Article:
Make a Native Terrarium #withme (Satisfying & Relaxing Build)

With mostly everyone stuck at home, I figured now was the perfect time to show a project anyone could replicate. What better than a native terrarium? No need to go out or order things when you likely have everything needed in your house and backyard.

If you’re unfamiliar with these, we refer to them as native terrariums because they are composed of items local or native to your area. Think of it as capturing a slice of nature specific to your yard. Getting outside to collect materials and build is also a great way to destress and bring the beauty of nature indoors for year long enjoyment.

Although I presented this video in an ASMR no voice over format, I have videos that detail this process. I followed the same procedures used for the $0 Free Terrarium video: I recommend watching that video if this is something you’d like to make. Two years later and that terrarium is still going strong! That video of course is a modification of my native terrarium from How to Terrarium episode 3:

If you’re familiar with my other builds you may wonder why I didn’t add charcoal or springtails to this one. Charcoal helps create the optimal environment within a terrarium and increases the likelihood of success. Although extremely beneficial, it’s not a requirement. If you have it, add it. If not, don’t stress and move to the next step. As for springtails, they help create a natural decomposition cycle and mitigate issues with mold. When using components from outside, you’re pretty much guaranteed that springtails will take up residence. They hitchhike on the materials.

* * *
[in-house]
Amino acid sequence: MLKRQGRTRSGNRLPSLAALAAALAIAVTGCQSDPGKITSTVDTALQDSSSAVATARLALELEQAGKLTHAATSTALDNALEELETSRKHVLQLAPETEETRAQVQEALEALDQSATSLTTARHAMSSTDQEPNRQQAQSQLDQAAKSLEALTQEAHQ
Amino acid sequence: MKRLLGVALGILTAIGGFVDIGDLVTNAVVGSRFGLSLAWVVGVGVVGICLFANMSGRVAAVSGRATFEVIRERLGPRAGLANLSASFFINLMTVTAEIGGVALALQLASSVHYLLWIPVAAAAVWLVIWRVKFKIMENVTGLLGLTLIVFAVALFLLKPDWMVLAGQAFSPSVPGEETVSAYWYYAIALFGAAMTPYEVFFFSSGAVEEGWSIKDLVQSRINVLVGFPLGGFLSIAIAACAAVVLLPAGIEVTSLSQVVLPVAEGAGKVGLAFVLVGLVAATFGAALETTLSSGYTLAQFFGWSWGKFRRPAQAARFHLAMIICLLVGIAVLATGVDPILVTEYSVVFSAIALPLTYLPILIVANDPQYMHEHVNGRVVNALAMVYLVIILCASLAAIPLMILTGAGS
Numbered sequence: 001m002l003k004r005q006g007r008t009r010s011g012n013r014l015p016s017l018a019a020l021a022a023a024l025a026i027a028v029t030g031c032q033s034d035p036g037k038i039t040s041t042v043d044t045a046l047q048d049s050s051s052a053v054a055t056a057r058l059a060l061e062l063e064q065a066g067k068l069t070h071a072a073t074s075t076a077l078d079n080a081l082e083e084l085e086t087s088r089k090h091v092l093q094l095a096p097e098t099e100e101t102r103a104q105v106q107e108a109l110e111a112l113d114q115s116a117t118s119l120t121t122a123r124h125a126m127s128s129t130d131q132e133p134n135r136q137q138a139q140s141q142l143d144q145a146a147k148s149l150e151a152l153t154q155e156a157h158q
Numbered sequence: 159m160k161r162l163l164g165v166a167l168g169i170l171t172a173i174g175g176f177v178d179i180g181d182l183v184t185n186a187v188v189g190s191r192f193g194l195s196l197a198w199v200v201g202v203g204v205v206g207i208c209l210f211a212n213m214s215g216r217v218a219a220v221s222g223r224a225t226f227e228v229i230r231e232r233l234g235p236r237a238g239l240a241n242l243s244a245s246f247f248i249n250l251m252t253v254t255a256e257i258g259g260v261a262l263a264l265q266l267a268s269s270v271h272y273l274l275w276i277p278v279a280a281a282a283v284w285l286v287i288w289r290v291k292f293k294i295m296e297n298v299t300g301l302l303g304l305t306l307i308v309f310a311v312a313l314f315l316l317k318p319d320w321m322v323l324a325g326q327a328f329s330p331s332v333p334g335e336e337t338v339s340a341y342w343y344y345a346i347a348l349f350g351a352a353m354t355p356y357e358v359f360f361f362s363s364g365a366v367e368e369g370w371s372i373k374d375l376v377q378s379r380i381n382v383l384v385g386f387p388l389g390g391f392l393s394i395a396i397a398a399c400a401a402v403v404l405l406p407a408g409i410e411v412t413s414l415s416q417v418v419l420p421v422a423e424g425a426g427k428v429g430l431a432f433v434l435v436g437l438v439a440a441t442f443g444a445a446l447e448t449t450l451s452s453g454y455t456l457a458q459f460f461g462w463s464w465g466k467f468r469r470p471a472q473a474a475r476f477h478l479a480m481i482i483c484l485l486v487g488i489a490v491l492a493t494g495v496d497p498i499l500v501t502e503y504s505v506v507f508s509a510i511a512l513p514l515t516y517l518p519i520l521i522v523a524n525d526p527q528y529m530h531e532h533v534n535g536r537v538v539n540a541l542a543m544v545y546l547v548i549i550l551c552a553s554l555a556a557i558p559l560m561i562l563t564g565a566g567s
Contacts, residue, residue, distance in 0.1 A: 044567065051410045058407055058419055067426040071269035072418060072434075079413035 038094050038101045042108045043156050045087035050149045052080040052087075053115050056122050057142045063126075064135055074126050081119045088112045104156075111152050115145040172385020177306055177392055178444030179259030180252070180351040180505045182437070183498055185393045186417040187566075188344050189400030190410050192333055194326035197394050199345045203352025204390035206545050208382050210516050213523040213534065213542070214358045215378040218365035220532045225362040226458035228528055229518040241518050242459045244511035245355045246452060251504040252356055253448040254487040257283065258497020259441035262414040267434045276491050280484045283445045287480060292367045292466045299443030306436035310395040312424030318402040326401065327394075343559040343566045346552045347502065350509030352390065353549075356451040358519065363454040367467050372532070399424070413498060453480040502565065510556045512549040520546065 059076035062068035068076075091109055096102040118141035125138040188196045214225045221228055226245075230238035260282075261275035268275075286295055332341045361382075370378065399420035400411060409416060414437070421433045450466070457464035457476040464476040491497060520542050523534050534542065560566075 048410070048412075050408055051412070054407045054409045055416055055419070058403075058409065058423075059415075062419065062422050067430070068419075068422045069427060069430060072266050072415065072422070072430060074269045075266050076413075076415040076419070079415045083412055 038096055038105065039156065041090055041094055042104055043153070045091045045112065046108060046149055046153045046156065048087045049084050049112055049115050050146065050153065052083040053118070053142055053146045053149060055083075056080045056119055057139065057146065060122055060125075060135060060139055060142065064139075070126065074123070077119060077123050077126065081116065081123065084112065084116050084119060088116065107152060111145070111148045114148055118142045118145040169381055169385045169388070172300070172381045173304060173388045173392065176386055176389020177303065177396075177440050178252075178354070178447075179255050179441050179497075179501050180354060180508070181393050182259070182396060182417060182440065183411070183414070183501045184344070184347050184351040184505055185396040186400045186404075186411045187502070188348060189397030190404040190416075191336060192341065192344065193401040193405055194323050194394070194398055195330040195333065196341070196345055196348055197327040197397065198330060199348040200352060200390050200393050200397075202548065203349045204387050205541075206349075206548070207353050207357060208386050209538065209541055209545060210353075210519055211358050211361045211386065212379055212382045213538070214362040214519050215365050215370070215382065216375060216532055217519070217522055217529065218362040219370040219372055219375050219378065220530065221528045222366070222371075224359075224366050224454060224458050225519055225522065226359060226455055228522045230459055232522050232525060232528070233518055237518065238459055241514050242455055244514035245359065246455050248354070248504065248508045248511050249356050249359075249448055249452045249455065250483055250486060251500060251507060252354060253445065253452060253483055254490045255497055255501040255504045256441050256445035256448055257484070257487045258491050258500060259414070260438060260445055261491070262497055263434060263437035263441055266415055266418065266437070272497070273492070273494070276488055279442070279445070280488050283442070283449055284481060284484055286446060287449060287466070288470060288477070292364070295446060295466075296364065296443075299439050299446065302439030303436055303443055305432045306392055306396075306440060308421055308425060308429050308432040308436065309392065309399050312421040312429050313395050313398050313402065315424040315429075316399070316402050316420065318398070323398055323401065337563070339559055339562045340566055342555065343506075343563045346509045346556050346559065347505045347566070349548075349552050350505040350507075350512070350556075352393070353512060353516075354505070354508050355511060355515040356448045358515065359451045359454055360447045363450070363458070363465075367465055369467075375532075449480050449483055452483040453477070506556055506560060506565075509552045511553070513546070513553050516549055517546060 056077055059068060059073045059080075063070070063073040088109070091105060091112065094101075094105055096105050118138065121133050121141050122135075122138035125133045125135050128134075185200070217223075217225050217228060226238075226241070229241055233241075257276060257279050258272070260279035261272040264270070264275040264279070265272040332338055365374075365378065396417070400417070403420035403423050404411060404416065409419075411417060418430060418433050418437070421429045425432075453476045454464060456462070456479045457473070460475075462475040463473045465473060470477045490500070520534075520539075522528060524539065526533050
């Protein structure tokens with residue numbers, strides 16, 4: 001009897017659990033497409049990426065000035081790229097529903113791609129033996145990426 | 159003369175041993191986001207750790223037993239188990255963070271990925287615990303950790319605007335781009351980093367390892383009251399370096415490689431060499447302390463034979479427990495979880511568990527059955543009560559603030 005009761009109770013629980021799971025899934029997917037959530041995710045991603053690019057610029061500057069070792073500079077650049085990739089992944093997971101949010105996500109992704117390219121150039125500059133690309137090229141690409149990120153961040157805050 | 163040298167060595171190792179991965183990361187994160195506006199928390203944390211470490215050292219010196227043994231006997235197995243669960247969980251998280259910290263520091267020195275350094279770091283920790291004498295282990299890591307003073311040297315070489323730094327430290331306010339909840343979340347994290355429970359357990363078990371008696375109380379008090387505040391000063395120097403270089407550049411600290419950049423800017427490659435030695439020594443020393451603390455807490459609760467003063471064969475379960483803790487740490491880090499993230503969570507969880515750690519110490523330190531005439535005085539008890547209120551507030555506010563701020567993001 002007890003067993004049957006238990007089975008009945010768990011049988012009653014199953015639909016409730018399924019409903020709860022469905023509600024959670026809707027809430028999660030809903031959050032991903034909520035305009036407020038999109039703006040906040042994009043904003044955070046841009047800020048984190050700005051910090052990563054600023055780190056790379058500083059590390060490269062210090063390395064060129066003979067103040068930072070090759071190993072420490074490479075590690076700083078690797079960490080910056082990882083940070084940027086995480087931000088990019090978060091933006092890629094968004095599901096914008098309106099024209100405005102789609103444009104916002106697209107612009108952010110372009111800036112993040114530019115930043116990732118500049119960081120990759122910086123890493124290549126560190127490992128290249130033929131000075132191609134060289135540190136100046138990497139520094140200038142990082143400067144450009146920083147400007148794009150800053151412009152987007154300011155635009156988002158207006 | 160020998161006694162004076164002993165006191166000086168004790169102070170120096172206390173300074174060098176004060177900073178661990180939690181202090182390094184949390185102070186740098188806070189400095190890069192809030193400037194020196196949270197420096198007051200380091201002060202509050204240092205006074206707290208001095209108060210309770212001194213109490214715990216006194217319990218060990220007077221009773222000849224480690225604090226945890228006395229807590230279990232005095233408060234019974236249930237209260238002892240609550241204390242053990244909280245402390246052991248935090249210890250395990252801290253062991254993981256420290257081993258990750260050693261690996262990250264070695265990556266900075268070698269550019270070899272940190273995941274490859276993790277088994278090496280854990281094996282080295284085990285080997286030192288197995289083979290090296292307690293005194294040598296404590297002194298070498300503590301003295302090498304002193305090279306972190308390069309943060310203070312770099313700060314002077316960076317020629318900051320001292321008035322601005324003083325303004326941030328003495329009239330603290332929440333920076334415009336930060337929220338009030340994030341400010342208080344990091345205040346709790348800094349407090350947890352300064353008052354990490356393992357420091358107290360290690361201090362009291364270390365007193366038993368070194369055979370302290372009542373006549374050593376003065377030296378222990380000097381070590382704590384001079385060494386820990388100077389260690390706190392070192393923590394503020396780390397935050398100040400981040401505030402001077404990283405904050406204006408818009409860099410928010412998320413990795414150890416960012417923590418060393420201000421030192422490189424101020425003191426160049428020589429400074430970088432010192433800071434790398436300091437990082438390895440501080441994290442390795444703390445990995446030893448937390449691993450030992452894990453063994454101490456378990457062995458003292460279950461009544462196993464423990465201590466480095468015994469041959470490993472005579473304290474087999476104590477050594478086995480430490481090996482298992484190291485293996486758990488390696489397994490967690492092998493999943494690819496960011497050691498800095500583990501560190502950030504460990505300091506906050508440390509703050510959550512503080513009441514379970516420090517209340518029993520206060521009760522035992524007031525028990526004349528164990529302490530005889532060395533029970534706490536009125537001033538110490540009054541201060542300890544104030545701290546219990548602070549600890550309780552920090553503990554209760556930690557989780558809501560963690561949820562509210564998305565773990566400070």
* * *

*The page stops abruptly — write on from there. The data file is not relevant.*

That leads to one of my top FAQs, “my terrarium is full of white stringy mold, what should I do?” Getting mold in a newly established terrarium is almost a grantee, especially if you include wood or botanicals. DON’T STRESS! This is easy remedied. Like I said previously, springtails and charcoal will help. Without either of those though, the easiest way around it is with manual removal. I like to use my tweezers for that job. After a week or two of consistently removing it, the terrarium will gain equilibrium and the mold will dissipate.

Another common FAQ is, “what plants should I use?” My first recommendation of course is moss. 9/10 it will acclimate to and thrive in a terrarium with only a few exceptions. If you live somewhere tropical, then anything will work. That said, choose plants that stay small or be prepared to consistently trim them so they don’t outgrow the space. If you live somewhere temperate (like me) I’ve found that the best ones to use are evergreen plants (stay green year round). Otherwise they will thrive initially, but won’t last long-term. Again, choose plants that stay small or be prepared to trim. Lastly DO NOT use succulent or cactus plants. They will not work in a closed environment.

Hopefully that bit of insight will help you get started. If you have any comments, suggestions or questions, leave them down in the comments! For additional content like this, photos of my terrariums, projects sneak peeks and more, follow me on Instagram and TikTok @SerpaDesign.

#terrarium #asmr #serpadesign

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